TWO SIDES, SAME COIN Kane and Overly. [Photo by Peter Goldberg]
Some people are brittle and dry as tinder, but they don't have the sense to not play with matches. The two women at the dangerous center of Martin McDonagh's The Beauty Queen of Leenane could blaze up at any moment, and we know that one or both will by the end. Each is filled with so much pent-up hatred that spontaneous combustion seems a distinct possibility.
The Sandra Feinstein-Gamm Theatre is staging it through June 2, directed with smart pacing and finesse by Judith Swift.
This is the first play of McDonough's two trilogies set in County Galway where, judging by these stories, the predominant pastimes are violence and dark humor. So the two women in Beauty Queen can be thought of as psychological templates for the playwright's ensuing examinations.
Mag Folan (Wendy Overly) is a sour old woman, a queen in her own right, judging from the way she orders around her daughter from her rocking chair throne. Maureen Folan (Jeanine Kane) is 40 years old and poised for a spinsterhood equally grim.
Despite the dark cloud hanging over everyone, there is plenty of leavening humor. Incidental stuff, on the order of every recurring reference to a Father Welsh starting out with his being called Father Walsh.
The one-room set is dense with characterizing detail. Above the fireplace is a nearly empty bottle of whiskey; no family photos, but one of JFK. There's an embroidery oval with the Sacred Heart of Jesus, and a white enamel sink into which Mag pours her night's pee, despite her daughter's persistent objections.
That last detail demonstrates their twisted dynamic: resentful tolerance punctuated by petty intentional annoyances. Maureen can leave the lumps in or not when she stirs her mother's porridge; Mag can time her incessant requests for maximum inconvenience. The first 10 minutes or so of the play have Maureen not able to sit down to her True Detective magazine for more than seconds at a time before her mother asks her to turn on the radio, or turn it down, or make her some tea, or whatever.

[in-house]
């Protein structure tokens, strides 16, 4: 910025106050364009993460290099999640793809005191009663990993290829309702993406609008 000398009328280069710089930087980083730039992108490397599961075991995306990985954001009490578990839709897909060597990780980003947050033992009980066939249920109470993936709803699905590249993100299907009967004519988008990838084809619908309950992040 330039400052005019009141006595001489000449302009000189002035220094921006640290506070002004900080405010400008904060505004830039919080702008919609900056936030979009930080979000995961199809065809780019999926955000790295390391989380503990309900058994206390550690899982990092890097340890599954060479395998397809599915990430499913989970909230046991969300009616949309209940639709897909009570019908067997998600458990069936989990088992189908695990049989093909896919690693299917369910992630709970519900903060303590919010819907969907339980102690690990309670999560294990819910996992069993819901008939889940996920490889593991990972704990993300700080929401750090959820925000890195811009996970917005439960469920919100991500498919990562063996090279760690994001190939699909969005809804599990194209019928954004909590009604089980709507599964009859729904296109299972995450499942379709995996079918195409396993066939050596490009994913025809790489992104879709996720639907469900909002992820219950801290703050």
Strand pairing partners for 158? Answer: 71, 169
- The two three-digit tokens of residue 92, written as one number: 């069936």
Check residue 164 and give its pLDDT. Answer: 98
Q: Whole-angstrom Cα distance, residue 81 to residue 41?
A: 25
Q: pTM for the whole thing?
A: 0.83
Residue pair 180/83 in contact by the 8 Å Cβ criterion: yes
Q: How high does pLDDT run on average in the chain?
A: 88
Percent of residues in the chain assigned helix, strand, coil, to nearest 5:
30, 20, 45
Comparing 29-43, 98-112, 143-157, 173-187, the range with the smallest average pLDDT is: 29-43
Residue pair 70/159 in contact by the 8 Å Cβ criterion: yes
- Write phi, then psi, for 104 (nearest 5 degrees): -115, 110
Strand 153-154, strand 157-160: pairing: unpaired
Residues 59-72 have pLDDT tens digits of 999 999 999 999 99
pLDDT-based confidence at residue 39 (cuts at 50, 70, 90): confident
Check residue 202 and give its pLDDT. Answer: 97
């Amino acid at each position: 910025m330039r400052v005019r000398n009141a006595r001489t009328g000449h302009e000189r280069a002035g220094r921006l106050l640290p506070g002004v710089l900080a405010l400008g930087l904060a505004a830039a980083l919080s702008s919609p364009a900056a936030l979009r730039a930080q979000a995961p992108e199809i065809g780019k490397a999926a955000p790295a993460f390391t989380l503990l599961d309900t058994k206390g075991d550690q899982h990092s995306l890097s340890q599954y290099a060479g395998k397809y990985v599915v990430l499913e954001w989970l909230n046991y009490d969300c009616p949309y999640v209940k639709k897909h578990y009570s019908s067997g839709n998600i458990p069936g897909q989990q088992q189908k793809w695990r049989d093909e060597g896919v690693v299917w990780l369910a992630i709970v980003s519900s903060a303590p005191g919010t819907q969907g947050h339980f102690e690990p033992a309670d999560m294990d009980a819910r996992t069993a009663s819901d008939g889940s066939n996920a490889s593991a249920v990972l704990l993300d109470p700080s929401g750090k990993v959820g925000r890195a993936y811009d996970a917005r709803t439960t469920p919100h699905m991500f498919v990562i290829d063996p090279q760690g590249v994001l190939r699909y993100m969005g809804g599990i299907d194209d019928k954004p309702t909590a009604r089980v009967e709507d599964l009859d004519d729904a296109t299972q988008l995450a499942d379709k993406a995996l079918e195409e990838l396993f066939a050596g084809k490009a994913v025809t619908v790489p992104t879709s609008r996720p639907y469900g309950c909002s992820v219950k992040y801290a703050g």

Overly is remarkable in how she keeps us fascinated. After all, we are seeing a mean old woman we could label and dismiss as a hissing dragon hunched over her treasure of enmity, not worth paying further attention to. She does so by making us watch for every tiny cruelty bubbling up from her black heart, revealing themselves in her squinting eyes and smiles of dark revelation.
It's not as though Maureen is a browbeaten servant. "You're old, you're stupid, and you don't know what you're talking about" is her typical observation. So we wonder why she lets herself be ordered around. Some token vestige of maternal fealty? Catholic penance? Guilt? Kane fine-tunes Maureen's responses, so we see which are reflexive and which intended.
The only visitor they usually get is Ray Dooley, played by Joe Short as boyishly antic, ping-ponging about the room and not able to sit without wiggling his feet. He comes there only when there is some message to give them. After 10 years, he is still angry with Maureen for having confiscated a tetherball that he and some other boys accidentally batted onto her property. (In this understated way, we are informed of the dire poverty of the village — they could never afford to replace it.)